Volunteers from our sponsor UnitedHealthcare helped us give the Westport Boys & Girls Club a fresh new look as part of Uncommon Athlete Week in Baltimore City last November.
April 12-18 is National Volunteer Week, which celebrates something near and dear to my heart. Volunteering and community service are a key part of the path that led me to the awesome work that I get to do at the Cal Ripken, Sr. Foundation (AmeriCorps*VISTA Class of 2007!) and have been the basis for many fond and funny memories. But there are two things that drive my belief that service is one of the most powerful things you can do.
You get to work with and learn from amazing people.
As a volunteer, you can find yourself doing things you never imagined with a great team of people you may not have otherwise met. It can be a good stretch of one’s skills—or at least make for an interesting story. The best stories, however, often come out of asking volunteers how they got to be here, in this place, working towards this mission. Whether you’re volunteering or earning a living at the same time, the team of people making the world a better place is pretty incredible. Everyone has their own path and their own reasons, and if you ask, you can hear some incredible stories and get to know some amazing leaders.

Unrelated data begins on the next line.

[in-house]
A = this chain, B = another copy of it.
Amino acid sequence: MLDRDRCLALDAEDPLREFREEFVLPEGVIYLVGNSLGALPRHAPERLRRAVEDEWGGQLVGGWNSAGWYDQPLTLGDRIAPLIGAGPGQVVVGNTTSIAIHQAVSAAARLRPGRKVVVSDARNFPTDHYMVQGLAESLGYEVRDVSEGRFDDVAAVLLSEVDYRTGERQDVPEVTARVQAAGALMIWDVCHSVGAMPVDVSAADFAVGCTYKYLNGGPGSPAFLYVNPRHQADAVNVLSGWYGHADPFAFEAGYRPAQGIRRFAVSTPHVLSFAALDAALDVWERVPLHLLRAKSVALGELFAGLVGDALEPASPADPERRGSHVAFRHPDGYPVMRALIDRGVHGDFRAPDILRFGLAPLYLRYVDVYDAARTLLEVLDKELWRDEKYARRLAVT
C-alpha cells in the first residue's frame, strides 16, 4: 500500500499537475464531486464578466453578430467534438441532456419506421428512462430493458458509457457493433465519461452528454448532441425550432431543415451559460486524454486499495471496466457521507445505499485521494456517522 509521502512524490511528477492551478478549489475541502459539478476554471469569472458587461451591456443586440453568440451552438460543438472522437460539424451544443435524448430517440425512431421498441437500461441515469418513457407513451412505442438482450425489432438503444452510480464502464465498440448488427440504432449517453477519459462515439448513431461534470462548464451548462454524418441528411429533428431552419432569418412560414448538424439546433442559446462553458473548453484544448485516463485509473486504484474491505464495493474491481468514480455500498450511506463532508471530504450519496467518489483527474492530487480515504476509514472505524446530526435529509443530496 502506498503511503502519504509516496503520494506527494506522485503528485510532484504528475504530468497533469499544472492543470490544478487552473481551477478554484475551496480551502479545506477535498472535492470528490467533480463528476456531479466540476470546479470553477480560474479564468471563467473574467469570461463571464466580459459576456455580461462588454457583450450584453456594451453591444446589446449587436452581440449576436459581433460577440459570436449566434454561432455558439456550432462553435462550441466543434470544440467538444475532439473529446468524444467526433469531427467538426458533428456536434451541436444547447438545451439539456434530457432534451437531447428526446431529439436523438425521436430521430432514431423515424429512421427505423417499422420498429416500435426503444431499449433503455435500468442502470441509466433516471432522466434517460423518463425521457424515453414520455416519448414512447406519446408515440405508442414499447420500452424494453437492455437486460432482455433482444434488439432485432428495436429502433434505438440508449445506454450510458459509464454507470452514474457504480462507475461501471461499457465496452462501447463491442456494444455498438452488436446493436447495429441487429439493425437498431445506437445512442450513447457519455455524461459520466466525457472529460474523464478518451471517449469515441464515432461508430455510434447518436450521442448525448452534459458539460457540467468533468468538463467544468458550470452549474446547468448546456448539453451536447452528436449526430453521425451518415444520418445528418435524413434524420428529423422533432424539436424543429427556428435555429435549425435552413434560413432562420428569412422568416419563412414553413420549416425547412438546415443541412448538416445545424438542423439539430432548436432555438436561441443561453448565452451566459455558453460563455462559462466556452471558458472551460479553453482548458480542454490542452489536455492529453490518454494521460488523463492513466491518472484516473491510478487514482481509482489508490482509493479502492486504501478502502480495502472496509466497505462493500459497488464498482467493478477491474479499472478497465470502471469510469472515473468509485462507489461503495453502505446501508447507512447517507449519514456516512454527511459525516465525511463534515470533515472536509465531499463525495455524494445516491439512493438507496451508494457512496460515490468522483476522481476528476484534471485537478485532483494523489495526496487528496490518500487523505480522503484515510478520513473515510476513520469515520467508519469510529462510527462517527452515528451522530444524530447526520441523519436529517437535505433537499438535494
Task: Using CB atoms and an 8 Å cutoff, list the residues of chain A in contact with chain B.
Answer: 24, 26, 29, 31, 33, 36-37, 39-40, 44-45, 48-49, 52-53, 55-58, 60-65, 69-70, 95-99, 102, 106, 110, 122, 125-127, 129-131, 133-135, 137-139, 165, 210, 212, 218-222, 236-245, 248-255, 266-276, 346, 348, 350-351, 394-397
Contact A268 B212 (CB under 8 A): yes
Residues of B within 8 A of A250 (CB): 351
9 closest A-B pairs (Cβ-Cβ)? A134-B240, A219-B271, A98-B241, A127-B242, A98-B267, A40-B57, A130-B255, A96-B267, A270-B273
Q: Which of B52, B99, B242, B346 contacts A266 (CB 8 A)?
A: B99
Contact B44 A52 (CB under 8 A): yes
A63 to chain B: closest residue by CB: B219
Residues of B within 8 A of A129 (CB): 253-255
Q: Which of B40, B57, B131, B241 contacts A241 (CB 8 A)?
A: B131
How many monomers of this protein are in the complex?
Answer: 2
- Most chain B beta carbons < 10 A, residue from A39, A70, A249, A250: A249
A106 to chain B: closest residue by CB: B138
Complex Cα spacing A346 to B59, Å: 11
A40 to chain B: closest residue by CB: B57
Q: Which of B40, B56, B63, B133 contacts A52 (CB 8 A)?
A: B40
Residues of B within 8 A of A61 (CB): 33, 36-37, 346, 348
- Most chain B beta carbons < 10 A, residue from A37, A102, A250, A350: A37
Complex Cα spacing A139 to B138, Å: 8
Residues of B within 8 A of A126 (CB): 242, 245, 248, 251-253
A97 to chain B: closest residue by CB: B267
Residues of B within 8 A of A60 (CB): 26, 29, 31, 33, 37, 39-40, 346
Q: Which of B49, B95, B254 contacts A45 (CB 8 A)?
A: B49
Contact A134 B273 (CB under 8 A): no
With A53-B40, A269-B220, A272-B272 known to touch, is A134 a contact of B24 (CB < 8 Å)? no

While it’s important to thank and recognize volunteers throughout the year, National Volunteer Week can be a reminder to make sure volunteers know the magnitude of their contributions towards your mission and to the people you serve. Understanding what motivates your volunteers is also key to celebrating the individual and recognizing them in a way that is personally rewarding.
Serving others inspires and empowers more than just the intended beneficiaries.
Once we were cleaning up a park in Washington, DC, when a teenager stopped by and asked if he could join. Apparently, this was a park where he and his friends played, and he was excited that others were making it look nice and he wanted to pitch in. Prior to seeing the team of volunteers working on the park, he didn’t feel like he could make a difference by himself, but now he saw that he could and that he wouldn’t be alone.
Serving others can be a powerful way for kids to see what they’re capable of—that they are not simply passengers in life but can be drivers with a lot to offer. Plus, it’s a great way to learn hands-on, to meet and interact with all kinds of people, be a part of something bigger, practice leadership, and have fun with friends.
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How is your organization celebrating National Volunteer Week?